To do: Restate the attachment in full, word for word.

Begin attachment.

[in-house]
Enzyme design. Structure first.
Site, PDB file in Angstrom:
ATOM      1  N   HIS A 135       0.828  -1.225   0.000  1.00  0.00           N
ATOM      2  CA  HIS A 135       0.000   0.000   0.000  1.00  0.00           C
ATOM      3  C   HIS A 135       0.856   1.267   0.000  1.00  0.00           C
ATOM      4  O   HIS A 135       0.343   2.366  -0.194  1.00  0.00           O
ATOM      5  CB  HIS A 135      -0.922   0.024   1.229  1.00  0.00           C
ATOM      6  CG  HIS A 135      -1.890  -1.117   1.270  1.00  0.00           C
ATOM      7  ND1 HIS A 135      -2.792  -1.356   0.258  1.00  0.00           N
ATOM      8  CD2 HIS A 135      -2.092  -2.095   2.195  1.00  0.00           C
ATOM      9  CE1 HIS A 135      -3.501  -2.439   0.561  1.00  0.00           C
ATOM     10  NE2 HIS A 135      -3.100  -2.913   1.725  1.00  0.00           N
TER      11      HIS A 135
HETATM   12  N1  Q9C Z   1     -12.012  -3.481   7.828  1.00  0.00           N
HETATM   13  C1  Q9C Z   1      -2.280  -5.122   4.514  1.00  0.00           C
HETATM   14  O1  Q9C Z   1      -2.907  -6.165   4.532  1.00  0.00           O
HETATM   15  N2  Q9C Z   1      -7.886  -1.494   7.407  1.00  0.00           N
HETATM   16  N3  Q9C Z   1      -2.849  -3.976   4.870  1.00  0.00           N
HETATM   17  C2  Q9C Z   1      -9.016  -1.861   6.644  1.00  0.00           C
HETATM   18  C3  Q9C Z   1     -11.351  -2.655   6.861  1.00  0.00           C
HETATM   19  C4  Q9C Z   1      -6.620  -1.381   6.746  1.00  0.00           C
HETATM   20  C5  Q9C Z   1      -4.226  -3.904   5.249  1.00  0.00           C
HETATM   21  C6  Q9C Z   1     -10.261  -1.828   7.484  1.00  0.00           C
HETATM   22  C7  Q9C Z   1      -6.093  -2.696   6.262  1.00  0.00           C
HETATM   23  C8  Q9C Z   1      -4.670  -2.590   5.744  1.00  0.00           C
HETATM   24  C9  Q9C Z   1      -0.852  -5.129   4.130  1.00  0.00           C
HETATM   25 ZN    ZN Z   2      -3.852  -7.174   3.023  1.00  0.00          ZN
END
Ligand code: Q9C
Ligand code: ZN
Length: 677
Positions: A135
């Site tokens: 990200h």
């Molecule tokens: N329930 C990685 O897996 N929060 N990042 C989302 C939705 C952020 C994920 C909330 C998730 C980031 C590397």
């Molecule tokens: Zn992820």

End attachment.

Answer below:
[in-house]
Enzyme design. Structure first.
Site, PDB file in Angstrom:
ATOM      1  N   HIS A 135       0.828  -1.225   0.000  1.00  0.00           N
ATOM      2  CA  HIS A 135       0.000   0.000   0.000  1.00  0.00           C
ATOM      3  C   HIS A 135       0.856   1.267   0.000  1.00  0.00           C
ATOM      4  O   HIS A 135       0.343   2.366  -0.194  1.00  0.00           O
ATOM      5  CB  HIS A 135      -0.922   0.024   1.229  1.00  0.00           C
ATOM      6  CG  HIS A 135      -1.890  -1.117   1.270  1.00  0.00           C
ATOM      7  ND1 HIS A 135      -2.792  -1.356   0.258  1.00  0.00           N
ATOM      8  CD2 HIS A 135      -2.092  -2.095   2.195  1.00  0.00           C
ATOM      9  CE1 HIS A 135      -3.501  -2.439   0.561  1.00  0.00           C
ATOM     10  NE2 HIS A 135      -3.100  -2.913   1.725  1.00  0.00           N
TER      11      HIS A 135
HETATM   12  N1  Q9C Z   1     -12.012  -3.481   7.828  1.00  0.00           N
HETATM   13  C1  Q9C Z   1      -2.280  -5.122   4.514  1.00  0.00           C
HETATM   14  O1  Q9C Z   1      -2.907  -6.165   4.532  1.00  0.00           O
HETATM   15  N2  Q9C Z   1      -7.886  -1.494   7.407  1.00  0.00           N
HETATM   16  N3  Q9C Z   1      -2.849  -3.976   4.870  1.00  0.00           N
HETATM   17  C2  Q9C Z   1      -9.016  -1.861   6.644  1.00  0.00           C
HETATM   18  C3  Q9C Z   1     -11.351  -2.655   6.861  1.00  0.00           C
HETATM   19  C4  Q9C Z   1      -6.620  -1.381   6.746  1.00  0.00           C
HETATM   20  C5  Q9C Z   1      -4.226  -3.904   5.249  1.00  0.00           C
HETATM   21  C6  Q9C Z   1     -10.261  -1.828   7.484  1.00  0.00           C
HETATM   22  C7  Q9C Z   1      -6.093  -2.696   6.262  1.00  0.00           C
HETATM   23  C8  Q9C Z   1      -4.670  -2.590   5.744  1.00  0.00           C
HETATM   24  C9  Q9C Z   1      -0.852  -5.129   4.130  1.00  0.00           C
HETATM   25 ZN    ZN Z   2      -3.852  -7.174   3.023  1.00  0.00          ZN
END
Ligand code: Q9C
Ligand code: ZN
Length: 677
Positions: A135
């Site tokens: 990200h």
């Molecule tokens: N329930 C990685 O897996 N929060 N990042 C989302 C939705 C952020 C994920 C909330 C998730 C980031 C590397």
């Molecule tokens: Zn992820």